coma; hiding; incontinence; and twitching and possibly seizures.
Some cats will
simply gradually fall into a coma, become unresponsive, and die a gentle
death (as was happening with Lily above). However, other CKD cats may have
seizures and a heart attack. Dying may be swift and painless, or it may be
drawn-out and uncomfortable; it may even be painful, particularly if your
cat has congestive heart failure, when s/he will basically drown from the
fluids in the lungs.
it is impossible to predict which cats will die in which way. Therefore
please ensure that you are able to contact a vet at any time should your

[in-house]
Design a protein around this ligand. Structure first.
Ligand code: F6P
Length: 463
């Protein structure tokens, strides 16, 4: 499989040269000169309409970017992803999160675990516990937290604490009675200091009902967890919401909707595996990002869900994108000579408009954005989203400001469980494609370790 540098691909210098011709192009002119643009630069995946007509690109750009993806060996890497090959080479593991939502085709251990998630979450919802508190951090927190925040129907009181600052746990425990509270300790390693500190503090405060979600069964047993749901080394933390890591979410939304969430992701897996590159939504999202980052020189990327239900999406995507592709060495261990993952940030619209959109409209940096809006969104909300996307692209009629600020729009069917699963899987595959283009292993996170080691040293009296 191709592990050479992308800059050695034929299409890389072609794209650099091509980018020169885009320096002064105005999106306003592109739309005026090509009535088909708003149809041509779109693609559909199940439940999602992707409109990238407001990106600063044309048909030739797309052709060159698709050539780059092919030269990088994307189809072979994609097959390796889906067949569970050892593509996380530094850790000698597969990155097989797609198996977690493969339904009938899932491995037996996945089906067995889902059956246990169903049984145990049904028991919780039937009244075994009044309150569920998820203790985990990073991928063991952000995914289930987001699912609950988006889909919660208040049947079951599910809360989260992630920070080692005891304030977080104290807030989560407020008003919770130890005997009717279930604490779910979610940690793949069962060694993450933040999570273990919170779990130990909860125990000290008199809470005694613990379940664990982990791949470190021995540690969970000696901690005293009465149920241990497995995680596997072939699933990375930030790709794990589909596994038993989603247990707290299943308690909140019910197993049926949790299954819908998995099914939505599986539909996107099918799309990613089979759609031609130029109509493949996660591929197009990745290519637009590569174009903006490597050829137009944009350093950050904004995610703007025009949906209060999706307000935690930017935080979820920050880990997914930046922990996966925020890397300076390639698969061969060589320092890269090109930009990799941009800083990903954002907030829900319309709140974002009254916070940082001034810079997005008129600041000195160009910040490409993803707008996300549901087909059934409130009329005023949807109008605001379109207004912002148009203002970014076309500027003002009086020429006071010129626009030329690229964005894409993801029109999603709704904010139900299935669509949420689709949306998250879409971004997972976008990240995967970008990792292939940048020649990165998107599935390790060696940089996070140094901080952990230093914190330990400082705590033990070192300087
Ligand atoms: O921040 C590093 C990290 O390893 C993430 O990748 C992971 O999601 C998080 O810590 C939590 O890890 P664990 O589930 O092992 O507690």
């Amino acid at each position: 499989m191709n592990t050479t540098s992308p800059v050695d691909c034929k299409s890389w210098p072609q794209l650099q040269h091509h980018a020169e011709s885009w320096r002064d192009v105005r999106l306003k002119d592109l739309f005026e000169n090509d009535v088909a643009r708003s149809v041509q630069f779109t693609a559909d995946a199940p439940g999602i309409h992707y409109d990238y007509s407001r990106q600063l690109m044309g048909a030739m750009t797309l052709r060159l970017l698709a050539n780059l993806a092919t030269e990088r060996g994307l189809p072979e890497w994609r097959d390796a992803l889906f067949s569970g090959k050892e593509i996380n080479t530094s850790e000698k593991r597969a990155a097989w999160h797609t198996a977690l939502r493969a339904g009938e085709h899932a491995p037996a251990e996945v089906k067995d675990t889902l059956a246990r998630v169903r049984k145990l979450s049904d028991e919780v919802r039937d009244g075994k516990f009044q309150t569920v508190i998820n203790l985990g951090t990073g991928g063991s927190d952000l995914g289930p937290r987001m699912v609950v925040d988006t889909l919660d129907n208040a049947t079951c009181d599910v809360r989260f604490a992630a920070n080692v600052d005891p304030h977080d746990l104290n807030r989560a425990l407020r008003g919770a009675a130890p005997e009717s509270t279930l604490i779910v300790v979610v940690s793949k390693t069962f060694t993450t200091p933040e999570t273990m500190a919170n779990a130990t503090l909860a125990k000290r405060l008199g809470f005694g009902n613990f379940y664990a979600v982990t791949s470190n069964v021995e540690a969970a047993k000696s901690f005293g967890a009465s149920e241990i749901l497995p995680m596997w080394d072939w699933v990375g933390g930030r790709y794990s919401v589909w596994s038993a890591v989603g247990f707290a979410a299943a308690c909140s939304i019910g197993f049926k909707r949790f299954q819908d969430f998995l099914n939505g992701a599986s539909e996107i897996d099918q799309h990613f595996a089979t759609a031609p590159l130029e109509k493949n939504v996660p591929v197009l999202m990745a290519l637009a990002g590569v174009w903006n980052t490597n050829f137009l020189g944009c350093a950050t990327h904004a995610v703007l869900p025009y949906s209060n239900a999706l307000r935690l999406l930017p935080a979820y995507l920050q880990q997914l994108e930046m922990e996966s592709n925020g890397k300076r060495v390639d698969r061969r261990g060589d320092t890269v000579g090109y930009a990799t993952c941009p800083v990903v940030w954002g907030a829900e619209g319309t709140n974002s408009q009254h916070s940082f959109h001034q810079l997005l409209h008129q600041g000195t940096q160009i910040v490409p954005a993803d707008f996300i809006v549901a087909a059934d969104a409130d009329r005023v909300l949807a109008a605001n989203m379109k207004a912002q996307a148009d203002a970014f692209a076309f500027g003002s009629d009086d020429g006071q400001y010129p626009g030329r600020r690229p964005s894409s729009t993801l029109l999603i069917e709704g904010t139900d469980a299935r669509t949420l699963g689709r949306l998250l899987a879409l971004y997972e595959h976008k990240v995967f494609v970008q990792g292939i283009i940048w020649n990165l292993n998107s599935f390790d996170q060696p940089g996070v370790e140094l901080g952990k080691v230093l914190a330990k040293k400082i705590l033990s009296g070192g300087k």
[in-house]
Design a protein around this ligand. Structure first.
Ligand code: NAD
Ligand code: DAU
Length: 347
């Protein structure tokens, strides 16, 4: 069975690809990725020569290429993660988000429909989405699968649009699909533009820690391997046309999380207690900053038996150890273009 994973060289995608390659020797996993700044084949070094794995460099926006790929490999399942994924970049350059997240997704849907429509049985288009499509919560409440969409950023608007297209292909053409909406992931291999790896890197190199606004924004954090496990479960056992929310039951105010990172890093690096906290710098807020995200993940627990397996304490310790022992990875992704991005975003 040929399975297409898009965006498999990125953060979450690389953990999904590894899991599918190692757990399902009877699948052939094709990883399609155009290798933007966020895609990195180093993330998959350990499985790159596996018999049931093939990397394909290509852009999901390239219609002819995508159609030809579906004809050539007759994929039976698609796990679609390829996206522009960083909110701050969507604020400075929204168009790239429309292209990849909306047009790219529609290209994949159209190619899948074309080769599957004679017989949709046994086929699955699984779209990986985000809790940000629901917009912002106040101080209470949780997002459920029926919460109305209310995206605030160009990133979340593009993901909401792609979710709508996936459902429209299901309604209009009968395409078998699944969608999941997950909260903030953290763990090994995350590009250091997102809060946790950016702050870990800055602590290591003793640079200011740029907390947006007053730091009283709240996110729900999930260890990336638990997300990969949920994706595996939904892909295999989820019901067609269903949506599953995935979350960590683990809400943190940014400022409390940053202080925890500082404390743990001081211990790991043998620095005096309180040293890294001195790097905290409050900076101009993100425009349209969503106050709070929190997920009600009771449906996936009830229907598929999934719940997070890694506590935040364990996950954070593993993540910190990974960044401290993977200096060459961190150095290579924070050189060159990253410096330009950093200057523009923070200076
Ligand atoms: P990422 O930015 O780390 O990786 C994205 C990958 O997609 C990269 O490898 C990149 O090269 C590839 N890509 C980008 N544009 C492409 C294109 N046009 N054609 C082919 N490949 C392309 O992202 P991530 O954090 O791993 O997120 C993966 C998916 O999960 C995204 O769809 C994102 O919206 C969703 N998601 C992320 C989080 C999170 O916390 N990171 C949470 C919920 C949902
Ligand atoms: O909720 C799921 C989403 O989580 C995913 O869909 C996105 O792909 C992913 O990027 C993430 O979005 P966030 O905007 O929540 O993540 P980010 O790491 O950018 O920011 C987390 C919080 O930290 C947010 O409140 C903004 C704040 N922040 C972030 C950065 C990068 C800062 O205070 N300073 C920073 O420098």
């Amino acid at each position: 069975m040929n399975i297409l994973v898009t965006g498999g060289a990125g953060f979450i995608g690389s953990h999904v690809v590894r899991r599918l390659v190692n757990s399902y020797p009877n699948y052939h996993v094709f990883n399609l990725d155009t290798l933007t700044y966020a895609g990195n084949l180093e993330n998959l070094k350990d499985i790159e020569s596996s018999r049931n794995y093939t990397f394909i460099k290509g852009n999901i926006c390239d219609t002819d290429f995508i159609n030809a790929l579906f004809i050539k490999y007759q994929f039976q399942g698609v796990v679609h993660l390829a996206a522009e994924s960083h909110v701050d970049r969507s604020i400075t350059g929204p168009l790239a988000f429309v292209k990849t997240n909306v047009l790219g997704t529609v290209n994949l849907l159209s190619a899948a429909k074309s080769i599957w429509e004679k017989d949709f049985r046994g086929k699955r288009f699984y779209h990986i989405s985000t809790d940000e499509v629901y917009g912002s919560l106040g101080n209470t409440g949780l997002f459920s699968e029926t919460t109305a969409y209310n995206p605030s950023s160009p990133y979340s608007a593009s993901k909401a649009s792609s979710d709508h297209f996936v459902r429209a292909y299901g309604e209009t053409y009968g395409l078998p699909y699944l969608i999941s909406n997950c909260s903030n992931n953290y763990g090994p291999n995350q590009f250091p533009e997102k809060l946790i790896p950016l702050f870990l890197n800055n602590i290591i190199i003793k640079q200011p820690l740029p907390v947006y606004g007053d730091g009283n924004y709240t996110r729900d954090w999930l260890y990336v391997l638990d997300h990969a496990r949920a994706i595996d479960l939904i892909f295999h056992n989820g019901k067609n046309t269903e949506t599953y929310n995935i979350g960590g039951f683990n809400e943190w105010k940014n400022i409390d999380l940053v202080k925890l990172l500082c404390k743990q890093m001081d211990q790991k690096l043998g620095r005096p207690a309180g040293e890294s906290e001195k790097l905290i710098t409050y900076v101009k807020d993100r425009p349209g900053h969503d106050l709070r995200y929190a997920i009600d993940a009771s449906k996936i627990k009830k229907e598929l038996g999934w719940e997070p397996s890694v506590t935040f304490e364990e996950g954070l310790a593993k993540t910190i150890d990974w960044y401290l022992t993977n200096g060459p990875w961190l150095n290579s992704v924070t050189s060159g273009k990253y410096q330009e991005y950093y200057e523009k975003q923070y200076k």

cat appear to be in discomfort and you decide that you want medical
intervention after all. This should not be too difficult in the UK, where
vets are obliged to provide a 24/7 service, so you should be able to
contact a vet at any time, day or night. People in other countries may
have to find an emergency clinic if they need help out of office hours.
Below are two
experiences, one of a cat who crossed peacefully and one of a cat who did
not. If you have already
definitely decided on euthanasia, do yourself a favour and do not read the
unpleasant death story
people who allow their cats to die at home find that their cats
hang on while they are in the room, and only die when their caregiver
leaves the room.
If you allow
your cat to die a natural death, be careful about permitting outside
access, because some cats will run away to die (see
died of CKD in my arms, without benefit of euthanasia.